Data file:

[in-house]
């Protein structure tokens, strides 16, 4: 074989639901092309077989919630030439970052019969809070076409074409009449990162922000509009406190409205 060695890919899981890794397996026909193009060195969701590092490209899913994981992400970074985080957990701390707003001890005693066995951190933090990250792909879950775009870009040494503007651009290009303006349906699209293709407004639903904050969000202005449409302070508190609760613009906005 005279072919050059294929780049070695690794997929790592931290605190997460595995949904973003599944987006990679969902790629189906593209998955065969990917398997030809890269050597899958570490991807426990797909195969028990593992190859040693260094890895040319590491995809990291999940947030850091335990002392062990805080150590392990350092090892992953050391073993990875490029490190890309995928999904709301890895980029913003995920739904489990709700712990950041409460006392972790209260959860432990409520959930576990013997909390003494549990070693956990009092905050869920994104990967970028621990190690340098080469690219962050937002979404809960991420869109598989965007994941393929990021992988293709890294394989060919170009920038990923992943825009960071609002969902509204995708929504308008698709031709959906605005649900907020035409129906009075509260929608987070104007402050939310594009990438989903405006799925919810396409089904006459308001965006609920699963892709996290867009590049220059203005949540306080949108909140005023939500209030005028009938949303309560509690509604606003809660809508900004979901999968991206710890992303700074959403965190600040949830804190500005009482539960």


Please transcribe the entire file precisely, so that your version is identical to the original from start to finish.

[in-house]
């Protein structure tokens, strides 16, 4: 074989639901092309077989919630030439970052019969809070076409074409009449990162922000509009406190409205 060695890919899981890794397996026909193009060195969701590092490209899913994981992400970074985080957990701390707003001890005693066995951190933090990250792909879950775009870009040494503007651009290009303006349906699209293709407004639903904050969000202005449409302070508190609760613009906005 005279072919050059294929780049070695690794997929790592931290605190997460595995949904973003599944987006990679969902790629189906593209998955065969990917398997030809890269050597899958570490991807426990797909195969028990593992190859040693260094890895040319590491995809990291999940947030850091335990002392062990805080150590392990350092090892992953050391073993990875490029490190890309995928999904709301890895980029913003995920739904489990709700712990950041409460006392972790209260959860432990409520959930576990013997909390003494549990070693956990009092905050869920994104990967970028621990190690340098080469690219962050937002979404809960991420869109598989965007994941393929990021992988293709890294394989060919170009920038990923992943825009960071609002969902509204995708929504308008698709031709959906605005649900907020035409129906009075509260929608987070104007402050939310594009990438989903405006799925919810396409089904006459308001965006609920699963892709996290867009590049220059203005949540306080949108909140005023939500209030005028009938949303309560509690509604606003809660809508900004979901999968991206710890992303700074959403965190600040949830804190500005009482539960």